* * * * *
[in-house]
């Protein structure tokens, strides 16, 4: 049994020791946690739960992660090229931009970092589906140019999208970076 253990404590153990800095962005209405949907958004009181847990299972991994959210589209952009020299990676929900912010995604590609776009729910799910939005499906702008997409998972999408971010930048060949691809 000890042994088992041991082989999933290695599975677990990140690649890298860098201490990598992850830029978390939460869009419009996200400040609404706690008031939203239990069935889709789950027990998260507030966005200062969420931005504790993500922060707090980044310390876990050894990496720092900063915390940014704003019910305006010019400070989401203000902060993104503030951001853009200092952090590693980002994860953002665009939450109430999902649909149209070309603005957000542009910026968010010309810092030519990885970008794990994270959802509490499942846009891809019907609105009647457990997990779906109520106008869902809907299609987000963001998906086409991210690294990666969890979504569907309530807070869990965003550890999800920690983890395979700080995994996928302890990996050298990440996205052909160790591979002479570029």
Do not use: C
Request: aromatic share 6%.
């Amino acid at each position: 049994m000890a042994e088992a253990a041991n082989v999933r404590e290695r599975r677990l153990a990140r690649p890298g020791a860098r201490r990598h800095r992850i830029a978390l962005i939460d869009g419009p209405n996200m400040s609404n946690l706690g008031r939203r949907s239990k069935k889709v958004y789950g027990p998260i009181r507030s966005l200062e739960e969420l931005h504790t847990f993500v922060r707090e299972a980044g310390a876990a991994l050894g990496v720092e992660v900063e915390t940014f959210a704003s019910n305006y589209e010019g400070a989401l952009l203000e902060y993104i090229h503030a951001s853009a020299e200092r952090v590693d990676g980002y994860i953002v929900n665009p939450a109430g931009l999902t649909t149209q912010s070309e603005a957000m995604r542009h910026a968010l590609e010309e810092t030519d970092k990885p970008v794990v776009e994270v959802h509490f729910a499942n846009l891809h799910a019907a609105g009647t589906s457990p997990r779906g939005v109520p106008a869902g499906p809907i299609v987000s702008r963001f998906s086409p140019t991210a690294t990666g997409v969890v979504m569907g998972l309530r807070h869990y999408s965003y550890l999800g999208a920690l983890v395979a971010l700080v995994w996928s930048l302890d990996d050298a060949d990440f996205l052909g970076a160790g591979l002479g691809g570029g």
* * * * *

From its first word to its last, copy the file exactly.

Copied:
[in-house]
């Protein structure tokens, strides 16, 4: 049994020791946690739960992660090229931009970092589906140019999208970076 253990404590153990800095962005209405949907958004009181847990299972991994959210589209952009020299990676929900912010995604590609776009729910799910939005499906702008997409998972999408971010930048060949691809 000890042994088992041991082989999933290695599975677990990140690649890298860098201490990598992850830029978390939460869009419009996200400040609404706690008031939203239990069935889709789950027990998260507030966005200062969420931005504790993500922060707090980044310390876990050894990496720092900063915390940014704003019910305006010019400070989401203000902060993104503030951001853009200092952090590693980002994860953002665009939450109430999902649909149209070309603005957000542009910026968010010309810092030519990885970008794990994270959802509490499942846009891809019907609105009647457990997990779906109520106008869902809907299609987000963001998906086409991210690294990666969890979504569907309530807070869990965003550890999800920690983890395979700080995994996928302890990996050298990440996205052909160790591979002479570029």
Do not use: C
Request: aromatic share 6%.
């Amino acid at each position: 049994m000890a042994e088992a253990a041991n082989v999933r404590e290695r599975r677990l153990a990140r690649p890298g020791a860098r201490r990598h800095r992850i830029a978390l962005i939460d869009g419009p209405n996200m400040s609404n946690l706690g008031r939203r949907s239990k069935k889709v958004y789950g027990p998260i009181r507030s966005l200062e739960e969420l931005h504790t847990f993500v922060r707090e299972a980044g310390a876990a991994l050894g990496v720092e992660v900063e915390t940014f959210a704003s019910n305006y589209e010019g400070a989401l952009l203000e902060y993104i090229h503030a951001s853009a020299e200092r952090v590693d990676g980002y994860i953002v929900n665009p939450a109430g931009l999902t649909t149209q912010s070309e603005a957000m995604r542009h910026a968010l590609e010309e810092t030519d970092k990885p970008v794990v776009e994270v959802h509490f729910a499942n846009l891809h799910a019907a609105g009647t589906s457990p997990r779906g939005v109520p106008a869902g499906p809907i299609v987000s702008r963001f998906s086409p140019t991210a690294t990666g997409v969890v979504m569907g998972l309530r807070h869990y999408s965003y550890l999800g999208a920690l983890v395979a971010l700080v995994w996928s930048l302890d990996d050298a060949d990440f996205l052909g970076a160790g591979l002479g691809g570029g």